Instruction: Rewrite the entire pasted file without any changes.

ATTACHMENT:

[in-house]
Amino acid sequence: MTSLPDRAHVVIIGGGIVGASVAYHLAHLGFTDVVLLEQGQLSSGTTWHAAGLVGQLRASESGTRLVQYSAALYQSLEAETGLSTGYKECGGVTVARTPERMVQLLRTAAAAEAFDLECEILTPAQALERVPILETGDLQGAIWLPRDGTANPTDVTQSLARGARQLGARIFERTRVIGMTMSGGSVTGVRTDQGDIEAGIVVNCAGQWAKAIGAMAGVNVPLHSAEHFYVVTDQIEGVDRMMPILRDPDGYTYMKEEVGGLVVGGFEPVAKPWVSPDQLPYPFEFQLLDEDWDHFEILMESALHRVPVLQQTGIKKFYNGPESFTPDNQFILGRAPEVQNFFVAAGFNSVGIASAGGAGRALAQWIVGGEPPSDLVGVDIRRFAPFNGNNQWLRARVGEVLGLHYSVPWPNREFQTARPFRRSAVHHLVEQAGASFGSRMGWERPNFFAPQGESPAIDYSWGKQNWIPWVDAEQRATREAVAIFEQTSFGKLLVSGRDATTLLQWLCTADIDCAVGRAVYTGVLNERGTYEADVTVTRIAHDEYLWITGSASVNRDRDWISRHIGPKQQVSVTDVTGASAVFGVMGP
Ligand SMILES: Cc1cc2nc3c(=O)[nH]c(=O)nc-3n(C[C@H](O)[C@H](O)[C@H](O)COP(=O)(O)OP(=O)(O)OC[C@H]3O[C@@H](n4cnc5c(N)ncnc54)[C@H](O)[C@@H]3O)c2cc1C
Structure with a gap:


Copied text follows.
[in-house]
Amino acid sequence: MTSLPDRAHVVIIGGGIVGASVAYHLAHLGFTDVVLLEQGQLSSGTTWHAAGLVGQLRASESGTRLVQYSAALYQSLEAETGLSTGYKECGGVTVARTPERMVQLLRTAAAAEAFDLECEILTPAQALERVPILETGDLQGAIWLPRDGTANPTDVTQSLARGARQLGARIFERTRVIGMTMSGGSVTGVRTDQGDIEAGIVVNCAGQWAKAIGAMAGVNVPLHSAEHFYVVTDQIEGVDRMMPILRDPDGYTYMKEEVGGLVVGGFEPVAKPWVSPDQLPYPFEFQLLDEDWDHFEILMESALHRVPVLQQTGIKKFYNGPESFTPDNQFILGRAPEVQNFFVAAGFNSVGIASAGGAGRALAQWIVGGEPPSDLVGVDIRRFAPFNGNNQWLRARVGEVLGLHYSVPWPNREFQTARPFRRSAVHHLVEQAGASFGSRMGWERPNFFAPQGESPAIDYSWGKQNWIPWVDAEQRATREAVAIFEQTSFGKLLVSGRDATTLLQWLCTADIDCAVGRAVYTGVLNERGTYEADVTVTRIAHDEYLWITGSASVNRDRDWISRHIGPKQQVSVTDVTGASAVFGVMGP
Ligand SMILES: Cc1cc2nc3c(=O)[nH]c(=O)nc-3n(C[C@H](O)[C@H](O)[C@H](O)COP(=O)(O)OP(=O)(O)OC[C@H]3O[C@@H](n4cnc5c(N)ncnc54)[C@H](O)[C@@H]3O)c2cc1C
Structure with a gap: